DESCRIPTION (provided by applicant): Salmonella-induced gastroenteritis is the single most common cause of death from food-borne infectious illness in the United Sates (US). S. enterica serotype Typhimurium (S. Typhimurium) is associated most frequently with this diarrheal disease. S. Typhimurium causes acute intestinal inflammation by invading the intestinal epithelium and surviving within macrophages in the mucosa. Current research on S. Typhimurium pathogenesis is beginning to paint a novel picture of the unique challenges and opportunities encountered during life in the inflamed intestine. New insights into the consequences inflammation has on the growth conditions encountered by microbes residing in the intestinal lumen raise the question which properties enable S. Typhimurium to thrive in this environment. The long term-goal of the proposed research is to identify mechanisms that allow S. Typhimurium to prosper in the lumen of the inflamed intestine, thereby promoting transmission by the fecal-oral route. Our central hypothesis is that inflammation enables S. Typhimurium to catabolize 1 2 propanediol, a fermentation product of fucose, to CO2 using tetrathionate respiration, thereby gaining an advantage during growth in the inflamed gut. We will test different aspects of our hypothesis by pursuing the following specific aims: 1. Determine the role of fucose utilization during growth in the lumen of the inflamed gut. 2. Determine the role of tetrathionate respiration for gaining a luminal growth advantage during inflammation. This application is highly innovative, since the proposed experiments will for the first time explore the unique biochemistry of intestinal inflammation. PUBLIC HEALTH RELEVANCE: Non-typhoidal Salmonella serotypes are the single most common cause of death from diarrheal disease associated with viruses, parasites or bacteria and the leading cause of food borne disease outbreaks in the United States, producing between $0.5 billion to $2.3 billion in annual costs for medical care and lost productivity. The most common human clinical isolates are Salmonella enterica serotypes Typhimurium (S. Typhimurium) and Enteritidis (S. Enteritidis). Research proposed in this application will support the pioneering studies needed to understand how S. Typhimurium uses intestinal inflammation to outgrow other bacteria in the intestine, a key property for the remarkable epidemiological success of this enteric pathogen.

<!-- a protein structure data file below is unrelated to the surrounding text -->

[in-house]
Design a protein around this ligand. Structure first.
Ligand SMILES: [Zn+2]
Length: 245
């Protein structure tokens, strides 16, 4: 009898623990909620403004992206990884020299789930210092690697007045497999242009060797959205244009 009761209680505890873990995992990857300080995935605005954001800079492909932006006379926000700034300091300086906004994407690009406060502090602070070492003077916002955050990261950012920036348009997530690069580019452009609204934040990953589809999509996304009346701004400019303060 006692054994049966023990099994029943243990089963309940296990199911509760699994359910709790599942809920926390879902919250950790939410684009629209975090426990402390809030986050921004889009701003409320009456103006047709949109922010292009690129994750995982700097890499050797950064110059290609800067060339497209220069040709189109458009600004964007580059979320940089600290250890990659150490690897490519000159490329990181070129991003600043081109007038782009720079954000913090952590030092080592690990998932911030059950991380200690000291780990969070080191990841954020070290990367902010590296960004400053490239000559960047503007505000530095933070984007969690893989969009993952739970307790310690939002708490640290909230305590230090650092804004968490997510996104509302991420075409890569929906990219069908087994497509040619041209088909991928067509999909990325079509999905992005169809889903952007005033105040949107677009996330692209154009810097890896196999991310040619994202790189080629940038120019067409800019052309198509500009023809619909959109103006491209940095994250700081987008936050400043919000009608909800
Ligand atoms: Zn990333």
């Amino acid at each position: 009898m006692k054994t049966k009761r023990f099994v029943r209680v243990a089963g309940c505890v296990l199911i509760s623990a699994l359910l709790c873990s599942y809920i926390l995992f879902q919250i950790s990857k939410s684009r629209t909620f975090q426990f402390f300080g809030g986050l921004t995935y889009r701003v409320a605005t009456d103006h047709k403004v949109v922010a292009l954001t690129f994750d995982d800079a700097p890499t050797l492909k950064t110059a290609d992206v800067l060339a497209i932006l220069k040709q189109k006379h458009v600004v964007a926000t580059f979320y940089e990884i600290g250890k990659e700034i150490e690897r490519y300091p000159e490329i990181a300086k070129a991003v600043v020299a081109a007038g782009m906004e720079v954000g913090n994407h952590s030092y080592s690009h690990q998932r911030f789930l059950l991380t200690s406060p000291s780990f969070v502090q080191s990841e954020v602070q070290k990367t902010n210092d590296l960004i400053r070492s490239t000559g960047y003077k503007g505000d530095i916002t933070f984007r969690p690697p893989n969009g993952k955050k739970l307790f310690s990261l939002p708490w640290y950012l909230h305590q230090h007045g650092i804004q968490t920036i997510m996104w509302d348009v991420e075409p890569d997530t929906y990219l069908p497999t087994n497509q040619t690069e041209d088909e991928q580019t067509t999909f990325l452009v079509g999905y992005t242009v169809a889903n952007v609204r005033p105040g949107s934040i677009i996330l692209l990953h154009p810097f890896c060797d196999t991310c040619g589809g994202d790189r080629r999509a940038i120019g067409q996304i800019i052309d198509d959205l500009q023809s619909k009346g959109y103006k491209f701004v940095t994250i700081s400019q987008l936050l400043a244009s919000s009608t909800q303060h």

|Effective start/end date||4/1/10 → 3/31/12|
- National Institutes of Health: $186,670.00
- National Institutes of Health: $223,157.00
- Immunology and Microbiology(all)
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